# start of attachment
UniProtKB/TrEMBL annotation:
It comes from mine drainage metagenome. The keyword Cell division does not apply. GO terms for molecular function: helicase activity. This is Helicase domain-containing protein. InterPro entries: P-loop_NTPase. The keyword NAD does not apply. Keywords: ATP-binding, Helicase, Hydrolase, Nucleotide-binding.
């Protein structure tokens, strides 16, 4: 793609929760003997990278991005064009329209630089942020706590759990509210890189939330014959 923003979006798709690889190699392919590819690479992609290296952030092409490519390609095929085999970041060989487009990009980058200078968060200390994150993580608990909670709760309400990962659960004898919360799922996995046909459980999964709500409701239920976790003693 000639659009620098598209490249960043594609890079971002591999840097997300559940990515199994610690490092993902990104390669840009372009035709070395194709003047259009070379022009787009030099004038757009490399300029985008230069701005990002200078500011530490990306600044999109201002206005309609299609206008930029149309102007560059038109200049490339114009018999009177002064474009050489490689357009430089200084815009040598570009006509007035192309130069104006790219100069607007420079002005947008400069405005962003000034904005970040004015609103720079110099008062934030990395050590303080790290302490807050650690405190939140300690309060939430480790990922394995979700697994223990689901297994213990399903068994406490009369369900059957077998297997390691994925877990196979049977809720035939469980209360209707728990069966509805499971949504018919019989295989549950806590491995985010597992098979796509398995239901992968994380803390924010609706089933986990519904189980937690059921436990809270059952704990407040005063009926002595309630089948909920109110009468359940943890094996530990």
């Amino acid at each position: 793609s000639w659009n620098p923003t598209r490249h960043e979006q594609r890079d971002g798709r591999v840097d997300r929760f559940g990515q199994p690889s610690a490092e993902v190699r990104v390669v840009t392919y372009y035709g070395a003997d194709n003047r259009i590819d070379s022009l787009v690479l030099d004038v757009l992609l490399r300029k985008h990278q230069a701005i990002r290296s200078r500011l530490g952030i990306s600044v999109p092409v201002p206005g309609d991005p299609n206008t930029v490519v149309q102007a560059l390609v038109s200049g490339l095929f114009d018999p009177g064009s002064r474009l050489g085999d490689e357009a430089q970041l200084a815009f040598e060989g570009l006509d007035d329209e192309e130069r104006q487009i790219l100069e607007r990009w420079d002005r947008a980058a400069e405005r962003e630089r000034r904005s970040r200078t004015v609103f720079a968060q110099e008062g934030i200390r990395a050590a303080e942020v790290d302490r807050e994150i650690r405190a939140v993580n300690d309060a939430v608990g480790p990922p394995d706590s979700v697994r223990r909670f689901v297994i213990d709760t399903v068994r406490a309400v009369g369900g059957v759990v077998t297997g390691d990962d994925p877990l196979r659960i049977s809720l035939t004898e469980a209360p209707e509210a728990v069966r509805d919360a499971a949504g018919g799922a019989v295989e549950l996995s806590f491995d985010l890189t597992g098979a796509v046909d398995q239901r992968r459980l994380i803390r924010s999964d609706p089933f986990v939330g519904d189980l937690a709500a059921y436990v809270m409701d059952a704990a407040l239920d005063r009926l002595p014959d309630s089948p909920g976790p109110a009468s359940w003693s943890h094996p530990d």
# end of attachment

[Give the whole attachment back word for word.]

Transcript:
UniProtKB/TrEMBL annotation:
It comes from mine drainage metagenome. The keyword Cell division does not apply. GO terms for molecular function: helicase activity. This is Helicase domain-containing protein. InterPro entries: P-loop_NTPase. The keyword NAD does not apply. Keywords: ATP-binding, Helicase, Hydrolase, Nucleotide-binding.
């Protein structure tokens, strides 16, 4: 793609929760003997990278991005064009329209630089942020706590759990509210890189939330014959 923003979006798709690889190699392919590819690479992609290296952030092409490519390609095929085999970041060989487009990009980058200078968060200390994150993580608990909670709760309400990962659960004898919360799922996995046909459980999964709500409701239920976790003693 000639659009620098598209490249960043594609890079971002591999840097997300559940990515199994610690490092993902990104390669840009372009035709070395194709003047259009070379022009787009030099004038757009490399300029985008230069701005990002200078500011530490990306600044999109201002206005309609299609206008930029149309102007560059038109200049490339114009018999009177002064474009050489490689357009430089200084815009040598570009006509007035192309130069104006790219100069607007420079002005947008400069405005962003000034904005970040004015609103720079110099008062934030990395050590303080790290302490807050650690405190939140300690309060939430480790990922394995979700697994223990689901297994213990399903068994406490009369369900059957077998297997390691994925877990196979049977809720035939469980209360209707728990069966509805499971949504018919019989295989549950806590491995985010597992098979796509398995239901992968994380803390924010609706089933986990519904189980937690059921436990809270059952704990407040005063009926002595309630089948909920109110009468359940943890094996530990």
């Amino acid at each position: 793609s000639w659009n620098p923003t598209r490249h960043e979006q594609r890079d971002g798709r591999v840097d997300r929760f559940g990515q199994p690889s610690a490092e993902v190699r990104v390669v840009t392919y372009y035709g070395a003997d194709n003047r259009i590819d070379s022009l787009v690479l030099d004038v757009l992609l490399r300029k985008h990278q230069a701005i990002r290296s200078r500011l530490g952030i990306s600044v999109p092409v201002p206005g309609d991005p299609n206008t930029v490519v149309q102007a560059l390609v038109s200049g490339l095929f114009d018999p009177g064009s002064r474009l050489g085999d490689e357009a430089q970041l200084a815009f040598e060989g570009l006509d007035d329209e192309e130069r104006q487009i790219l100069e607007r990009w420079d002005r947008a980058a400069e405005r962003e630089r000034r904005s970040r200078t004015v609103f720079a968060q110099e008062g934030i200390r990395a050590a303080e942020v790290d302490r807050e994150i650690r405190a939140v993580n300690d309060a939430v608990g480790p990922p394995d706590s979700v697994r223990r909670f689901v297994i213990d709760t399903v068994r406490a309400v009369g369900g059957v759990v077998t297997g390691d990962d994925p877990l196979r659960i049977s809720l035939t004898e469980a209360p209707e509210a728990v069966r509805d919360a499971a949504g018919g799922a019989v295989e549950l996995s806590f491995d985010l890189t597992g098979a796509v046909d398995q239901r992968r459980l994380i803390r924010s999964d609706p089933f986990v939330g519904d189980l937690a709500a059921y436990v809270m409701d059952a704990a407040l239920d005063r009926l002595p014959d309630s089948p909920g976790p109110a009468s359940w003693s943890h094996p530990d």